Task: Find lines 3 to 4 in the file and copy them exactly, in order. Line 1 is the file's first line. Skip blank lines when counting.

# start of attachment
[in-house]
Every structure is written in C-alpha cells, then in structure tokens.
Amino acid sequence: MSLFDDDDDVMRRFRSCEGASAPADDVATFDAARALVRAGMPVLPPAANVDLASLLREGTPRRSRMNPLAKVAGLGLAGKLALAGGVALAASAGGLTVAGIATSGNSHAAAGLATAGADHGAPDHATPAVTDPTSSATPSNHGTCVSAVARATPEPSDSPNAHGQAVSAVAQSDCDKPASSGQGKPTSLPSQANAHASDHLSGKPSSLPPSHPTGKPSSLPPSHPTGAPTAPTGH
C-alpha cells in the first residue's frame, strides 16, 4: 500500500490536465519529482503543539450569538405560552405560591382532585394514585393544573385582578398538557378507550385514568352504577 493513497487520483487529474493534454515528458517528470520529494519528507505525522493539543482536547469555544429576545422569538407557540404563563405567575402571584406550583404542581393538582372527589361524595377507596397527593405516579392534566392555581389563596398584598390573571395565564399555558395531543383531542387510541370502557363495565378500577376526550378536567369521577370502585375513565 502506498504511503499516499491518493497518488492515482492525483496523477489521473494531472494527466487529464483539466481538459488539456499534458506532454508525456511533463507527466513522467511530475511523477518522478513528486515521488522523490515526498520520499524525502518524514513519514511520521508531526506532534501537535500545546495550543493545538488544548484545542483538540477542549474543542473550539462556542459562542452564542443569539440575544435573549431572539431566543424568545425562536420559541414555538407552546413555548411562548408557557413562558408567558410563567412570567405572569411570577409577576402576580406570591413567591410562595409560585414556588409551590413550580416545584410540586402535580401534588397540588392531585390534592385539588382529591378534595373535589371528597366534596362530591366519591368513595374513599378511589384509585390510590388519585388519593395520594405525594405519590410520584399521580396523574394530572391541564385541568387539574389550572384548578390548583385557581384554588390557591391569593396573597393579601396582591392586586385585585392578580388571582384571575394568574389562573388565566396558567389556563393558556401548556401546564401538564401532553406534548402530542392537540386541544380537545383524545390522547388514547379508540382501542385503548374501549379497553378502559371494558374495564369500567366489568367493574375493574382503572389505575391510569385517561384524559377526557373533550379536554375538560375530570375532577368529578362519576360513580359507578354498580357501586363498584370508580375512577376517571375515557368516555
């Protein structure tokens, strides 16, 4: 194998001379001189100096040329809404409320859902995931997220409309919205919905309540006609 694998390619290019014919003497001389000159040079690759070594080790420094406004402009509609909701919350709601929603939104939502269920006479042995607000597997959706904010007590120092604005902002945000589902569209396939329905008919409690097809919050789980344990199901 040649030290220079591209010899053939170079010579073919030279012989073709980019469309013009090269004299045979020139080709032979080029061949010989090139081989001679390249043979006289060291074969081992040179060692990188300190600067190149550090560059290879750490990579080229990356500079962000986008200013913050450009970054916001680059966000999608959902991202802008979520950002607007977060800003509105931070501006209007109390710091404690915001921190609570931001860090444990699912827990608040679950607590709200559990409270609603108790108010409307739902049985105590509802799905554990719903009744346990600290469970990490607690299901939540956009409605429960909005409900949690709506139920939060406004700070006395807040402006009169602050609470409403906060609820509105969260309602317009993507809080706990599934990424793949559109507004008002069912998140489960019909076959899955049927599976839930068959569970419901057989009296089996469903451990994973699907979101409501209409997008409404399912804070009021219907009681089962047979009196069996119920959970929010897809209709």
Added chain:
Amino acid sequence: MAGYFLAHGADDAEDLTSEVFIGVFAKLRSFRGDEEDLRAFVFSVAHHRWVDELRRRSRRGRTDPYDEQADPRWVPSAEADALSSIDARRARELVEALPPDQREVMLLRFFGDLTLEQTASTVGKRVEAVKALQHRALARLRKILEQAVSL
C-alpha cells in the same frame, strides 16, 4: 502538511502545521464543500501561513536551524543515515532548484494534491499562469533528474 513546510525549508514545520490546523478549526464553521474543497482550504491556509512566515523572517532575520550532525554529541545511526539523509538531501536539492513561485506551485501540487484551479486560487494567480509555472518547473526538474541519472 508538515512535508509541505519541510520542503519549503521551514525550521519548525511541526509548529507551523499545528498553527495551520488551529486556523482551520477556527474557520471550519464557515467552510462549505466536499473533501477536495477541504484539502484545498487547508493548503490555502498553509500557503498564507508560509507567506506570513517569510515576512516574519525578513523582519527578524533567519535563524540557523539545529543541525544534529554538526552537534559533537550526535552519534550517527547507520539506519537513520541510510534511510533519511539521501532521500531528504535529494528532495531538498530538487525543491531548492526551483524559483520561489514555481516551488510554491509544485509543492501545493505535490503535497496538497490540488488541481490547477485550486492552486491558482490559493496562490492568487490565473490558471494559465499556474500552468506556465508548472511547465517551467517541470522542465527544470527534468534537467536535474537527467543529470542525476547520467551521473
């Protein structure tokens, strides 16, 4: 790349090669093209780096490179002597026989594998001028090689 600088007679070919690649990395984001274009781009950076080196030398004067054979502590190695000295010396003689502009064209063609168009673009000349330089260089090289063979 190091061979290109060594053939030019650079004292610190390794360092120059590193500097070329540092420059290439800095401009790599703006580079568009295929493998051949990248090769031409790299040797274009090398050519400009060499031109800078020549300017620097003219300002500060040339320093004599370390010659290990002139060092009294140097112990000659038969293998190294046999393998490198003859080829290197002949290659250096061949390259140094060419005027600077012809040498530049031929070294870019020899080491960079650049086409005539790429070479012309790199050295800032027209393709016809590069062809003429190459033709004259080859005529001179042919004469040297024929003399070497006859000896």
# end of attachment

Amino acid sequence: MSLFDDDDDVMRRFRSCEGASAPADDVATFDAARALVRAGMPVLPPAANVDLASLLREGTPRRSRMNPLAKVAGLGLAGKLALAGGVALAASAGGLTVAGIATSGNSHAAAGLATAGADHGAPDHATPAVTDPTSSATPSNHGTCVSAVARATPEPSDSPNAHGQAVSAVAQSDCDKPASSGQGKPTSLPSQANAHASDHLSGKPSSLPPSHPTGKPSSLPPSHPTGAPTAPTGH
C-alpha cells in the first residue's frame, strides 16, 4: 500500500490536465519529482503543539450569538405560552405560591382532585394514585393544573385582578398538557378507550385514568352504577 493513497487520483487529474493534454515528458517528470520529494519528507505525522493539543482536547469555544429576545422569538407557540404563563405567575402571584406550583404542581393538582372527589361524595377507596397527593405516579392534566392555581389563596398584598390573571395565564399555558395531543383531542387510541370502557363495565378500577376526550378536567369521577370502585375513565 502506498504511503499516499491518493497518488492515482492525483496523477489521473494531472494527466487529464483539466481538459488539456499534458506532454508525456511533463507527466513522467511530475511523477518522478513528486515521488522523490515526498520520499524525502518524514513519514511520521508531526506532534501537535500545546495550543493545538488544548484545542483538540477542549474543542473550539462556542459562542452564542443569539440575544435573549431572539431566543424568545425562536420559541414555538407552546413555548411562548408557557413562558408567558410563567412570567405572569411570577409577576402576580406570591413567591410562595409560585414556588409551590413550580416545584410540586402535580401534588397540588392531585390534592385539588382529591378534595373535589371528597366534596362530591366519591368513595374513599378511589384509585390510590388519585388519593395520594405525594405519590410520584399521580396523574394530572391541564385541568387539574389550572384548578390548583385557581384554588390557591391569593396573597393579601396582591392586586385585585392578580388571582384571575394568574389562573388565566396558567389556563393558556401548556401546564401538564401532553406534548402530542392537540386541544380537545383524545390522547388514547379508540382501542385503548374501549379497553378502559371494558374495564369500567366489568367493574375493574382503572389505575391510569385517561384524559377526557373533550379536554375538560375530570375532577368529578362519576360513580359507578354498580357501586363498584370508580375512577376517571375515557368516555